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Category: CMA nominations

Miranda Lambert in seven CMA races including three against fiance Blake Shelton

September 1, 2010 |  2:45 pm

Miranda Lambert Blake Shelton CMA Awards Miranda Lambert will contend in seven of the 12 categories at the upcoming 44th annual CMA Awards airing on ABC Nov. 10. Lambert's nominations include album, female vocalist, song, musical event and the big prize of entertainer of the year. Double nods in both single and music video of the year bring her nomination haul up to nine. In both of those races, her competition includes her beau Blake Shelton and the lovebirds also face off for best musical event. Shelton is also nominated for male vocalist.

By equaling the achievement of Merle Haggard back in 1970, Lambert established a new benchmark for nominations for a female artist. The overall record was set by Alan Jackson with 10 nominations in 2002.

Among Lambert's competition for the coveted title of entertainer of the year is the trio Lady Antebellum, which also contends for album, single, vocal group and music video. The Zac Brown Band is up for both the entertainer and new artist prizes, the first act to pull off this double play since Ricky Skaggs in 1982. The boys in the band also vie for vocal group and musical event.

The entertainer race also includes CMA co-host Brad Paisley, who contends as well for male vocalist (he has won the last three years) and video. Paisley’s bids this year push his career total to 52 and he jumps from No. 5 to No. 3 on the overall list ranking behind only Alan Jackson (79) and George Strait (81). Strait earned the latest two of that record haul this year with noms for male vocalist and album. In 27 years, Strait has only been shut out of CMA Awards nominations two times, in 1992 and 2006.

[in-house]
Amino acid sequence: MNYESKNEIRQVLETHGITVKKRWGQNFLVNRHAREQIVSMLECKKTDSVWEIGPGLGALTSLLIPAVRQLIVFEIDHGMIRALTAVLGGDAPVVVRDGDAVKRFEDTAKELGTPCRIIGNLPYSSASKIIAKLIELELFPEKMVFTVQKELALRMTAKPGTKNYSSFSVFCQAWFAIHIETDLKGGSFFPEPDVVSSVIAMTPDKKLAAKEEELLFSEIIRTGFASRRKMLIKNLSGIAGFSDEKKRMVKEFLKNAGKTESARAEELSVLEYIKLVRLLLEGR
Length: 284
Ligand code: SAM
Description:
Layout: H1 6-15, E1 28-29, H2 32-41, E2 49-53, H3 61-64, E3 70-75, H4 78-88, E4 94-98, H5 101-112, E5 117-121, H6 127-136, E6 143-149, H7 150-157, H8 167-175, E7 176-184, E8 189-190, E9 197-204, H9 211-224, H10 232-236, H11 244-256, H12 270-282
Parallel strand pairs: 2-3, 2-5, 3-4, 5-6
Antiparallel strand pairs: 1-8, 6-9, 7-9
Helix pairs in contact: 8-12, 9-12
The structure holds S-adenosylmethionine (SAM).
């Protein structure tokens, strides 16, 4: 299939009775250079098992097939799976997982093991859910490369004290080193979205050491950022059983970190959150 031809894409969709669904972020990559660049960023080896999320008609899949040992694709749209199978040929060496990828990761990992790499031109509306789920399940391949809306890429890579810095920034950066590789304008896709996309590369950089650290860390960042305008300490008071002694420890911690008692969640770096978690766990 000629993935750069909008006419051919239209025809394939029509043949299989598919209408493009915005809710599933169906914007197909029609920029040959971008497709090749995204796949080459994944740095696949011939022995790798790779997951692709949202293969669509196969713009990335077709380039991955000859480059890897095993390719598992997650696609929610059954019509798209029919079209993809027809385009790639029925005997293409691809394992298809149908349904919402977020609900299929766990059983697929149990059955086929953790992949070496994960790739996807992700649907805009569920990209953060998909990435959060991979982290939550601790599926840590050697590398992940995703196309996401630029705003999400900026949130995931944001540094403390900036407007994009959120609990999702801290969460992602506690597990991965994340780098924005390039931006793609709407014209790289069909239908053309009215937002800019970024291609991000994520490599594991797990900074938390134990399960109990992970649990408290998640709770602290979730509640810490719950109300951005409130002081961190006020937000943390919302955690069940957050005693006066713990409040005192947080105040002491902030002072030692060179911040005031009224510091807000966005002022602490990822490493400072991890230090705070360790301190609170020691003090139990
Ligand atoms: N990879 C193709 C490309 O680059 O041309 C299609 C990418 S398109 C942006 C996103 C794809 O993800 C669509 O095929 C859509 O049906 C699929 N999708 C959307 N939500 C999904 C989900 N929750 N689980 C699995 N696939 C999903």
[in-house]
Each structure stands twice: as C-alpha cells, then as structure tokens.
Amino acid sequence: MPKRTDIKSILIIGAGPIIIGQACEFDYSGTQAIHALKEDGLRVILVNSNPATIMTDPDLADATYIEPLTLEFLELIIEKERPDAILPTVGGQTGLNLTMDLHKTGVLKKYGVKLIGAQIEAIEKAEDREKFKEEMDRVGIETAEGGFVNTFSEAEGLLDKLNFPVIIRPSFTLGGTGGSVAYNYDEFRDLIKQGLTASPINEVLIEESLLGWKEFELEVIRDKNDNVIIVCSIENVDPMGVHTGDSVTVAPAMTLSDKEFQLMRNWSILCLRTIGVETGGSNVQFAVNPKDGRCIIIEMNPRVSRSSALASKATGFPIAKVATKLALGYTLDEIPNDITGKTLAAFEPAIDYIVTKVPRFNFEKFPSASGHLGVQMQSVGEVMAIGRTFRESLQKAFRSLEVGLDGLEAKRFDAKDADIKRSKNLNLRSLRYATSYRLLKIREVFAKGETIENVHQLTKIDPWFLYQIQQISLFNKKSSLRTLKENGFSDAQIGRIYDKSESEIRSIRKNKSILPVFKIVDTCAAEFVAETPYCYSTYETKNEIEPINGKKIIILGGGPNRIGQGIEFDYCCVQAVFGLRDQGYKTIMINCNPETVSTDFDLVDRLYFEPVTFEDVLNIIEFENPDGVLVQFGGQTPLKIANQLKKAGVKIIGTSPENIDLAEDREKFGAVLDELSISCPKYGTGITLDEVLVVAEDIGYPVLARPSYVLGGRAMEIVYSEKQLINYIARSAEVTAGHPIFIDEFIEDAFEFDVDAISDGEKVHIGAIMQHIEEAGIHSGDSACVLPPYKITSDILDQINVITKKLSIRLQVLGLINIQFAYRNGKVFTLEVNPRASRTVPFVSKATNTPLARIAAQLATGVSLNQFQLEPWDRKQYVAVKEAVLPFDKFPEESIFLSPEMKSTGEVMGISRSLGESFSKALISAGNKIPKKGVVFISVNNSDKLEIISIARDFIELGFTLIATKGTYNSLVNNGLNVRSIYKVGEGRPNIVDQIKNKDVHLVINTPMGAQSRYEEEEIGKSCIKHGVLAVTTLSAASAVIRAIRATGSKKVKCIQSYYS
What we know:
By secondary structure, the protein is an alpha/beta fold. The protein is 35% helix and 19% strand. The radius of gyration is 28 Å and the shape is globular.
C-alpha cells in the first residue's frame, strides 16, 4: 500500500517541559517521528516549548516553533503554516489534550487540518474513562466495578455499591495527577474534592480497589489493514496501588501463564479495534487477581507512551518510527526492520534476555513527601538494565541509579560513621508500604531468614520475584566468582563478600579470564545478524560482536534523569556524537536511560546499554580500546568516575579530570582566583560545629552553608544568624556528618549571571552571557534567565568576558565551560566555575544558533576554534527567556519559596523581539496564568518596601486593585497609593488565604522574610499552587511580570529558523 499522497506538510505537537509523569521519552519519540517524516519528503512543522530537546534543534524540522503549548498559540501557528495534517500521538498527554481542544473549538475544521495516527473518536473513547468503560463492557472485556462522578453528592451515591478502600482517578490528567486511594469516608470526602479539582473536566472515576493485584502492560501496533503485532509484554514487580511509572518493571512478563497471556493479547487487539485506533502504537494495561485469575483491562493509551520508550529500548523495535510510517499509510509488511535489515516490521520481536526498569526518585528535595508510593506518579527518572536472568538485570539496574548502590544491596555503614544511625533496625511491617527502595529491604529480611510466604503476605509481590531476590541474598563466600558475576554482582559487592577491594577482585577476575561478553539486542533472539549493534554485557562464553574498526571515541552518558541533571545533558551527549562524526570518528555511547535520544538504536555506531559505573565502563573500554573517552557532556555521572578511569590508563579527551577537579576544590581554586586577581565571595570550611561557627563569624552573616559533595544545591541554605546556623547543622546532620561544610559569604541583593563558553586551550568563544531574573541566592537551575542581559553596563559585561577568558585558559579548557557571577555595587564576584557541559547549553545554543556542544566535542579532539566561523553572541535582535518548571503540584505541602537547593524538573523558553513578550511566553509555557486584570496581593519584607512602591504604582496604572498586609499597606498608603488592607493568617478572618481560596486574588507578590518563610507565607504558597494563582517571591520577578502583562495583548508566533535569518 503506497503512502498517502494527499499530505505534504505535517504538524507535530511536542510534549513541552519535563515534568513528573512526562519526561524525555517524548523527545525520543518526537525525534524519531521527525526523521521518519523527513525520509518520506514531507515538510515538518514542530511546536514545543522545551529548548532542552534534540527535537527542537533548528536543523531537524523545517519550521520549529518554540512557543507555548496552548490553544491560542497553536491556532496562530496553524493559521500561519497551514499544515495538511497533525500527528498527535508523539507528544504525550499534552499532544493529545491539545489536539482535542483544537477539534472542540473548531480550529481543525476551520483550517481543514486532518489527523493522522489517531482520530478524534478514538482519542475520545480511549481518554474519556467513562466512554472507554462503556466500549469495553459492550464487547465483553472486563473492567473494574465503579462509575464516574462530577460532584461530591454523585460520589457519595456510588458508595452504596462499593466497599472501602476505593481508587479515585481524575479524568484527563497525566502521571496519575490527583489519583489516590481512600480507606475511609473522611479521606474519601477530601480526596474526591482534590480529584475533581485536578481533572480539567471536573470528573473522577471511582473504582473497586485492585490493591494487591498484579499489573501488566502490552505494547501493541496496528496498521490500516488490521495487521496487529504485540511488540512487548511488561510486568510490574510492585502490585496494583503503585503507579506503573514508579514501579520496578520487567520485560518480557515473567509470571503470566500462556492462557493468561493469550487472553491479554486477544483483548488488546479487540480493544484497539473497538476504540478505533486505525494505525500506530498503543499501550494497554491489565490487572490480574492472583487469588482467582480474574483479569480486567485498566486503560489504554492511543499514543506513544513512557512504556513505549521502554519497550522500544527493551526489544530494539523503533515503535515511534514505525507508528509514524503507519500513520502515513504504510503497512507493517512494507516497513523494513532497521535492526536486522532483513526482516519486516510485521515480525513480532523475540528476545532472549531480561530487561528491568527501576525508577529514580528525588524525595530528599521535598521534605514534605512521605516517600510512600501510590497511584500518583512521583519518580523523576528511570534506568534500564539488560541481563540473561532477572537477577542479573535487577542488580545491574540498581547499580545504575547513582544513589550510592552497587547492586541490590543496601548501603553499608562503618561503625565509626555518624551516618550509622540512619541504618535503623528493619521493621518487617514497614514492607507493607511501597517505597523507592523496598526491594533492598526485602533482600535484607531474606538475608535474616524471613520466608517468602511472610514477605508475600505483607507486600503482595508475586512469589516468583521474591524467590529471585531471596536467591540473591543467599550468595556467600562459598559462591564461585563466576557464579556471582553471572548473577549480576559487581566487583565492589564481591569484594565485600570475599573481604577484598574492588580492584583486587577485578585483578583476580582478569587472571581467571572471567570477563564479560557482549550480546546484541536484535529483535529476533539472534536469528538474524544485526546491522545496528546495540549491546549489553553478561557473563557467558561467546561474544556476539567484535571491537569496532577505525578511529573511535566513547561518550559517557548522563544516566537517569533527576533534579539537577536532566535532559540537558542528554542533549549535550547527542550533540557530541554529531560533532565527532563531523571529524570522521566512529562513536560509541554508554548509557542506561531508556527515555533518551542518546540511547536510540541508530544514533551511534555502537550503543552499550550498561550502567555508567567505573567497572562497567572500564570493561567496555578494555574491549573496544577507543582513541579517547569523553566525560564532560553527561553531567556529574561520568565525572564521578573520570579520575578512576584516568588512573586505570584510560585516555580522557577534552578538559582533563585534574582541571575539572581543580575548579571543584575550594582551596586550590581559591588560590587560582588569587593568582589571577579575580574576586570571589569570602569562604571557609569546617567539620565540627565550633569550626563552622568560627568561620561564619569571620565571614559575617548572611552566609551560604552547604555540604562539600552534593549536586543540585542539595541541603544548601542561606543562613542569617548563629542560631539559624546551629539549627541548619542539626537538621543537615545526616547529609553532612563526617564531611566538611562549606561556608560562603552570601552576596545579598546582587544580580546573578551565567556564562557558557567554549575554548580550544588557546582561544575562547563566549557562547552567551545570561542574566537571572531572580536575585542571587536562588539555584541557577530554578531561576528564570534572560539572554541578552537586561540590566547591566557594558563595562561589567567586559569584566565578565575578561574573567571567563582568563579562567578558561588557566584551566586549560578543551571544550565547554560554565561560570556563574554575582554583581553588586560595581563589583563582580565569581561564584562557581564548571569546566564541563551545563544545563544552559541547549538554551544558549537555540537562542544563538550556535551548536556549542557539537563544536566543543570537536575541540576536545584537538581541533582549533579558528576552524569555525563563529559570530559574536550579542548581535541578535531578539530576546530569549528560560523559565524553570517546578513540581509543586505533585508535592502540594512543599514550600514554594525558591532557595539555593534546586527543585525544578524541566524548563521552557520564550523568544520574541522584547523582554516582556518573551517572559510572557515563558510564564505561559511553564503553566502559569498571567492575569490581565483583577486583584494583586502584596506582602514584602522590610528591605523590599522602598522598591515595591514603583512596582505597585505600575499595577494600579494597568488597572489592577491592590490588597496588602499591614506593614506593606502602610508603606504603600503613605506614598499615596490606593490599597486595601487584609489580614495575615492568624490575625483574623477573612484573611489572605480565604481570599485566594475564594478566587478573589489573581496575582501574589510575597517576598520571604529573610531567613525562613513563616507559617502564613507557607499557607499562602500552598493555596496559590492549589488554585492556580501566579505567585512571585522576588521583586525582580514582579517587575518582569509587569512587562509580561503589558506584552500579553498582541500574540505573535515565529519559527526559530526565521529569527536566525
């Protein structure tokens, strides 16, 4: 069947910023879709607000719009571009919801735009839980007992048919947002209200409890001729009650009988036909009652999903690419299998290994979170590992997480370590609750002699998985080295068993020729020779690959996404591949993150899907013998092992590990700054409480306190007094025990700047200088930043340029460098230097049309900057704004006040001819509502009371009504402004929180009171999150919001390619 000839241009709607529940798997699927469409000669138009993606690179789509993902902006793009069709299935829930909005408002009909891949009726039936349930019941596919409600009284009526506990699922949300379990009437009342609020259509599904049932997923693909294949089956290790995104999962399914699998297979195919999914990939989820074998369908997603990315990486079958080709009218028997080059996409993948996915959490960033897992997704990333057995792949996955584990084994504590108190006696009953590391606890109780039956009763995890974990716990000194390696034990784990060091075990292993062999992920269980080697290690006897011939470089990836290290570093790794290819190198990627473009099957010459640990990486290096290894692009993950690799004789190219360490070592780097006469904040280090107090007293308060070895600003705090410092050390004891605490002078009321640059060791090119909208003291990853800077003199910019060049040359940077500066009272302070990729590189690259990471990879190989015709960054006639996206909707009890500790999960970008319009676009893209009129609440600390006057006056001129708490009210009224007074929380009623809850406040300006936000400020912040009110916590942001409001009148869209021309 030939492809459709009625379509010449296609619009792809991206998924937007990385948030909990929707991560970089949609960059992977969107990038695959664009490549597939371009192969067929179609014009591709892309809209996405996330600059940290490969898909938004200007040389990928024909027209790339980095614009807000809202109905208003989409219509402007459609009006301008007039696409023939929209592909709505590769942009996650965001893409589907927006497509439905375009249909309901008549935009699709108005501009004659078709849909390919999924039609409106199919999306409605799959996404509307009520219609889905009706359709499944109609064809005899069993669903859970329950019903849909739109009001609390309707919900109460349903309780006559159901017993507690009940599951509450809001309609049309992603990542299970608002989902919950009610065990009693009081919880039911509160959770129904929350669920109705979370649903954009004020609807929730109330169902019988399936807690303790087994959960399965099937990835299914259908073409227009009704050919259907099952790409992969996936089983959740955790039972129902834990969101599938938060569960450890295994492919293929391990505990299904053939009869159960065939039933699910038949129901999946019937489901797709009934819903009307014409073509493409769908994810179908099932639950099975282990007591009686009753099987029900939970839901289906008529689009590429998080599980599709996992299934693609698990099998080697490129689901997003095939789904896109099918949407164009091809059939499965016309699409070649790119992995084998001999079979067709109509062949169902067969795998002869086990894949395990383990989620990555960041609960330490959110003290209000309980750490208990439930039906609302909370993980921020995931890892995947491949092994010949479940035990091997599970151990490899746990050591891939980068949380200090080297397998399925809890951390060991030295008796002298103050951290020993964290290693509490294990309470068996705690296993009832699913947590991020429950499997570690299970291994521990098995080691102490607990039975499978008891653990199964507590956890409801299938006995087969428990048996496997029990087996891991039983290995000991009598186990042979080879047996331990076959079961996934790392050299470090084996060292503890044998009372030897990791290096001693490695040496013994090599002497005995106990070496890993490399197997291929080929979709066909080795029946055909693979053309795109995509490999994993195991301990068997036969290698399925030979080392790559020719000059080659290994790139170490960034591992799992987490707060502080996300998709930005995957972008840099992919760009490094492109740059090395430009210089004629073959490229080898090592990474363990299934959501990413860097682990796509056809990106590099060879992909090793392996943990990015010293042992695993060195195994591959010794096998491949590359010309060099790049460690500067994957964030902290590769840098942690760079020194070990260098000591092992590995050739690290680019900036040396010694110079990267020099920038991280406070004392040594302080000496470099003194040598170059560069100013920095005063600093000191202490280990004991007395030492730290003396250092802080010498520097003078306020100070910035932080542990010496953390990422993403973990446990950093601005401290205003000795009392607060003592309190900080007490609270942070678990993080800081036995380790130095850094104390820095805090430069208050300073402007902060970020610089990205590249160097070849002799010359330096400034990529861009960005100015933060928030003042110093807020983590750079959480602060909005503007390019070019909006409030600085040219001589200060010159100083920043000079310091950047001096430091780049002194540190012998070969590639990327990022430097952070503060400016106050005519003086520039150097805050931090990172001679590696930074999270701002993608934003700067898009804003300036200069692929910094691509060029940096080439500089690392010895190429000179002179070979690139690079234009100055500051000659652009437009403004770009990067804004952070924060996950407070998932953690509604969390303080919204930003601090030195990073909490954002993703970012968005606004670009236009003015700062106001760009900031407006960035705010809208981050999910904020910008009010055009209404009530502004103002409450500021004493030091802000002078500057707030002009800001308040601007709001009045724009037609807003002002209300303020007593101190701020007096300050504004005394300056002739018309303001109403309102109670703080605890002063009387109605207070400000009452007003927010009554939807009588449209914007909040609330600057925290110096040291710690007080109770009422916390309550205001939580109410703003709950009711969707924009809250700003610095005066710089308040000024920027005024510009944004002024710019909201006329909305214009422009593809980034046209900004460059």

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Taylor Swift, Carrie Underwood vie for ACM entertainer of the year award

March 2, 2010 | 10:10 am

Taylor Swift and reigning champ Carrie Underwood face off against six male artists for the top prize at the 45th annual Academy of Country Music awards on April 18. Three of the men in the race are former winners of entertainer of the year -- Kenny Chesney (2004-2007), Toby Keith (2002, 2003) and George Strait (1989). Another two are multiple male vocalist of the year champs -- Brad Paisley (2006-2008) and Keith Urban (2004, 2005) -- while the final entry -- the Zac Brown Band -- are relative rookies. The ACM entertainer of the year will be determined by online voting as will the four newcomer awards.

Reba McEntire Blake Shelton Academy of Country Music Awards Nominations Perennial ACM host Reba McEntire and Blake Shelton announced the nominations Tuesday morning on CBS' "The Early Show." McEntire -- the 1994 entertainer of the year -- contends this year for female vocalist, an award she has won seven times already. Shelton is vying for vocal event of the year for "Hillbilly Bone."